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Subject 3. Interest Rate Options PDF Download
The binomial interest rate tree can be used to price interest rate options. We use the expectations approach discussed before. The underlying instrument for interest rate options is the spot rate.

The figure below shows a two-period binomial tree for an annualized risk-free spot rate (S) and the corresponding prices on a T-bill (B) with a maturity of .25 years and face value of $100. The length of each period is six months (six-month steps); the upward parameter on the spot rate (u) is 1.1 and the downward parameter (d) is 1/1.1 = 0.9091; the probability of the spot rate increasing in each period is .5; and the yield curve is assumed flat.

As shown in the figure, given an initial spot rate of 5% (annual), the two possible spot rates after one period (six months) are 5.5% and 4.54545%, and the three possible rates after two periods (one year) are 6.05%, 5%, and 4.13223%. At the current spot rate of 5%, the price of the T-bill is B0 = 98.79 [= 100/(1.05).25]; in period 1, the price is 98.67 when the spot rate is 5.5% [= 100/(1.055).25] and 98.895 when the rate is 4.54545% [= 100/(1.0454545).25]. In period 2, the T-bill prices are 98.54, 98.79, and 99 for spot rates of 6.05%, 5%, and 4.13223%, respectively.

Given the binomial tree of spot rates and prices on the spot T-bill, we can determine the values of call and put options on spot T-bills.

  • For European options, the methodology for determining the price is to start at expiration, where we know the possible option values are equal to their intrinsic values, IVs. Given the option's IVs at expiration, we then move to the preceding period and price the option to equal the present value of its expected cash flows for the next period. Given these values, we roll the tree to the next preceding period and again price the option to equal the present value of its expected cash flows. We continue this recursive process to the current period.
  • If the option is American, then its early exercise advantage needs to be taken into account by determining at each node whether it is more valuable to hold the option or exercise it. This is done by starting one period prior to the expiration of the option and constraining the price of the option to the maximum of its binomial value (present value of next period's expected cash flows) or intrinsic value (i.e., the value from exercising). Those values are then rolled to the next preceding period, and the American option values for that period are obtained by again constraining the option prices to be the maximum of the binomial value or the IV; this process continues to the current period.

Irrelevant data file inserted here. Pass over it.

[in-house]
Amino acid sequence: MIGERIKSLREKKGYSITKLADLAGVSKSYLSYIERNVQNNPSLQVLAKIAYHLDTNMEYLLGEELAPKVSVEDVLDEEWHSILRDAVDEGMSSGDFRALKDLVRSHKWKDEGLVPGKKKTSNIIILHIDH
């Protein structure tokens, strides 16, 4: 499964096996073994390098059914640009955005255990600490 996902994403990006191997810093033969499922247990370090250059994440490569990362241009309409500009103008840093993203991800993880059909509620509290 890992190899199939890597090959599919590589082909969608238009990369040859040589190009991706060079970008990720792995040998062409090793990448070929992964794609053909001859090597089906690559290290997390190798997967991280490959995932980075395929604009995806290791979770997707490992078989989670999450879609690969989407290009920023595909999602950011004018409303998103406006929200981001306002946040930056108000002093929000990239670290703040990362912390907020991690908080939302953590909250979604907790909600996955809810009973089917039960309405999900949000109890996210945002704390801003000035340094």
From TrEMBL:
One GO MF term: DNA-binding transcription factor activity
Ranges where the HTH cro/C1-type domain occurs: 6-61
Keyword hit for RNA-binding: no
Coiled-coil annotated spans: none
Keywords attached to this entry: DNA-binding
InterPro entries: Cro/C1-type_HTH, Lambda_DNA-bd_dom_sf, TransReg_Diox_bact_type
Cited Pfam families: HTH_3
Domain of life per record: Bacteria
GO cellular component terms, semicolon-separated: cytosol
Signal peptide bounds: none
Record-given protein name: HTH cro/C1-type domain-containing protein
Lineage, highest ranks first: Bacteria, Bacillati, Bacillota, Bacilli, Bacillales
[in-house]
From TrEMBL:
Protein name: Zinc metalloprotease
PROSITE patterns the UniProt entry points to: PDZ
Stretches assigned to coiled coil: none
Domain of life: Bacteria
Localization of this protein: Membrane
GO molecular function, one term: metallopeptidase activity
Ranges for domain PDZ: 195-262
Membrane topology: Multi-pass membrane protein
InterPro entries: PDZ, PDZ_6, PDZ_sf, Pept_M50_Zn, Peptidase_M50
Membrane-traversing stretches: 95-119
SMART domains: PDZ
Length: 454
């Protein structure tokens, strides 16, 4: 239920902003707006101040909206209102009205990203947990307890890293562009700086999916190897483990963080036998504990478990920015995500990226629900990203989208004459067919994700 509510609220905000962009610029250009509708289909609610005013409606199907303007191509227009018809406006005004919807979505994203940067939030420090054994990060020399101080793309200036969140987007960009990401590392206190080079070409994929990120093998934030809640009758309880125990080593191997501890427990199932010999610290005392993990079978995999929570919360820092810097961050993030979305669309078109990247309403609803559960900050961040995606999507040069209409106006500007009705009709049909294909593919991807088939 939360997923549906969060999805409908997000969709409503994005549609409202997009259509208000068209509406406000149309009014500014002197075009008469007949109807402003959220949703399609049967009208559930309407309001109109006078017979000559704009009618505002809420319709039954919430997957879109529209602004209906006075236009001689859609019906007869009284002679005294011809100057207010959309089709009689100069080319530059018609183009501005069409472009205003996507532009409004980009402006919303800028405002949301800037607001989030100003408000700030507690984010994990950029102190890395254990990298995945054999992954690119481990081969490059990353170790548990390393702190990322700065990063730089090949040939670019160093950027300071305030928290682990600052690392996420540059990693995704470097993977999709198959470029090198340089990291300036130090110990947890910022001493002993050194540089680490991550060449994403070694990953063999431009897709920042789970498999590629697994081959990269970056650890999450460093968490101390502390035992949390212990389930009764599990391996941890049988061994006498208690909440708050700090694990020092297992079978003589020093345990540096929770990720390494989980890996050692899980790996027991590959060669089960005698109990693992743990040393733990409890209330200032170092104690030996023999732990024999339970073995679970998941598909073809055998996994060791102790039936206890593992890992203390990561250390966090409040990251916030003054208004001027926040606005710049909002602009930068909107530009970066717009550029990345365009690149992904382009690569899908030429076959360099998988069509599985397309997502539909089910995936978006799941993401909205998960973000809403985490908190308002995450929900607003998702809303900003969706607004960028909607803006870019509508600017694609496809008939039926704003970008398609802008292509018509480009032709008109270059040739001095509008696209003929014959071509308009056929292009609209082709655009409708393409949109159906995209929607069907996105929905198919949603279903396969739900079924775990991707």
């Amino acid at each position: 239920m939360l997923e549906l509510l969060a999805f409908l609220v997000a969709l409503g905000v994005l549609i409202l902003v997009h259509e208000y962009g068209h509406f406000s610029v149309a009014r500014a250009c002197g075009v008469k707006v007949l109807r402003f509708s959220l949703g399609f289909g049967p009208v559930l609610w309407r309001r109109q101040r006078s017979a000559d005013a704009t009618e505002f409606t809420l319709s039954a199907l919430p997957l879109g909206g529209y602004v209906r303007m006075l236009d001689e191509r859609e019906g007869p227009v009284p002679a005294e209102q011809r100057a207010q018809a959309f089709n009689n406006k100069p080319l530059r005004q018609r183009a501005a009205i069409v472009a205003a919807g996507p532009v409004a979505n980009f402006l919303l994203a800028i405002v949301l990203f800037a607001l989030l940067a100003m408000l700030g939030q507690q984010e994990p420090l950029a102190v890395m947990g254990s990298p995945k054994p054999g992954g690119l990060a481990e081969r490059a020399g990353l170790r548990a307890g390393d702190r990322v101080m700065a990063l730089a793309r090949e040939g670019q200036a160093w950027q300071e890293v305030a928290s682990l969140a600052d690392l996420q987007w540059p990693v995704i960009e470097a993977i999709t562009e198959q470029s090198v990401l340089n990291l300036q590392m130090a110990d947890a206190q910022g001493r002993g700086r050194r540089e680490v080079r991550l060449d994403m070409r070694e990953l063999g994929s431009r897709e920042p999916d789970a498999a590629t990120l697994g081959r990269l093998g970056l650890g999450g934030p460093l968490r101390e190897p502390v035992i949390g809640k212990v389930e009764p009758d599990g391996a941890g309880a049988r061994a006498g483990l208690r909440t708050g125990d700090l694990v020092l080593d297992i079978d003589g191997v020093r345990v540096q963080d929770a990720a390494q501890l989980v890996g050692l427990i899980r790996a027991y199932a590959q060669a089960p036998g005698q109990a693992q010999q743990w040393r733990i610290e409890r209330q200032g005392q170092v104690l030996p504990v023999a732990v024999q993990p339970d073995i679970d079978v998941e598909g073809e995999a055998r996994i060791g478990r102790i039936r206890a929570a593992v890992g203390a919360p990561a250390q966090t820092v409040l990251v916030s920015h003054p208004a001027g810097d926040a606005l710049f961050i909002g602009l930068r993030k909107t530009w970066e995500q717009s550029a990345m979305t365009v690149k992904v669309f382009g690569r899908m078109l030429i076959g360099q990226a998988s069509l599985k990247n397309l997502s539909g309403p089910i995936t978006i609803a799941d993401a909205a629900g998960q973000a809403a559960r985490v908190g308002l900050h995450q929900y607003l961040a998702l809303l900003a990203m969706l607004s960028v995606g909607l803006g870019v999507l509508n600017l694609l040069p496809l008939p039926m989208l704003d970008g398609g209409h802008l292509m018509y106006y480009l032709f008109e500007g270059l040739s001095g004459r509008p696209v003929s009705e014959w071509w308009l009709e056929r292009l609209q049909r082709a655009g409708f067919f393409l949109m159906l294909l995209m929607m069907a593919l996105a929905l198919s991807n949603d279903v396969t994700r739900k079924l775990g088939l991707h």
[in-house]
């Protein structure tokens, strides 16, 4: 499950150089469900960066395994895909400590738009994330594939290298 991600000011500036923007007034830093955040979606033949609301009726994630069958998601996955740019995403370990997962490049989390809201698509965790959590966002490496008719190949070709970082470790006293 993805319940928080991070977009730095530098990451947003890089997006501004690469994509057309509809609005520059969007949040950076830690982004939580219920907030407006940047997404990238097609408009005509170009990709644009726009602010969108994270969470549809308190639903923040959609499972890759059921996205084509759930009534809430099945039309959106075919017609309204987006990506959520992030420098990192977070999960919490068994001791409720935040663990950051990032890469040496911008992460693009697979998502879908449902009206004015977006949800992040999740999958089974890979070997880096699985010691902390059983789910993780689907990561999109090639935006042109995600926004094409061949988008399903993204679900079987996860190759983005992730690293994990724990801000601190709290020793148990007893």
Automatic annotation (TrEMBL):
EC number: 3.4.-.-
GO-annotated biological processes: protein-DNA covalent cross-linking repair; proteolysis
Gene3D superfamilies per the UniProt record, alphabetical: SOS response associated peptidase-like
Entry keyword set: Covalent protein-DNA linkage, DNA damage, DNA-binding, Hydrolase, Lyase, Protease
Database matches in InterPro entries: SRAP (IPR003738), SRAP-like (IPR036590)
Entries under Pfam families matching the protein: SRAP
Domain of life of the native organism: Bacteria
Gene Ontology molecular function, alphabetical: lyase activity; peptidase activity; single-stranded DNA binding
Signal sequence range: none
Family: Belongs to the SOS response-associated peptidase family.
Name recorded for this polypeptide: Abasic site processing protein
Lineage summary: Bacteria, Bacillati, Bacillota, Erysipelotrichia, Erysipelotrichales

Suppose we want to value a European call on a spot T-bill with an exercise price of $98.75 per $100 face value and expiration of one year. To value the call option on the T-bill, we start at the option's expiration, where we know the possible call values are equal to their intrinsic values, IVs. In this case, at spot rates of 5% and 4.13223%, the call is in the money with IVs of .04 and .25, respectively, and at the spot rate of 6.05% the call is out of the money and thus has an IV of zero.

Given the three possible option values at expiration, we next move to period 1 and price the option at the two possible spot rates of 5.5% and 4.54545% to equal the present values of their expected cash flows next period. Assuming there is an equal probability of the spot rate increasing or decreasing in one period (q = .5), the two possible call values in period 1 are .01947 and .1418:

Cu = (.5 * 0 + .5 * .04)/(1.055)0.5 = .01947

Cd = (.5 * .04 + .5 * .25)/(1.0454545)0.5 = .1418
Rolling these call values to the current period and again determining the option's price as the present value of the expected cash flow, we obtain a price on the European T-bill call of .0787: C0 = (.5 * .01947 + .5 * .1418)/(1.05)0.5 = .0787.

If the call option were American, its two possible prices in period 1 are constrained to the maximum of the binomial value (present value of next period's expected cash flows) or the intrinsic value (i.e., the value from exercising): CtA = max[Ct, IV].

In period 1, the IV slightly exceeds the binomial value when the spot rate is 4.54545%. As a result, the American call price is equal to its IV of .145. Rolling this price and the upper rate's price of .01947 to the current period yields a price for the American T-bill call of .08. This price slightly exceeds the European value of .0787, reflecting the early exercise advantage of the American option.

Learning Outcome Statements

calculate and interpret the value of an interest rate option using a two-period binomial model;

CFA® 2023 Level II Curriculum, Volume 5, Module 34

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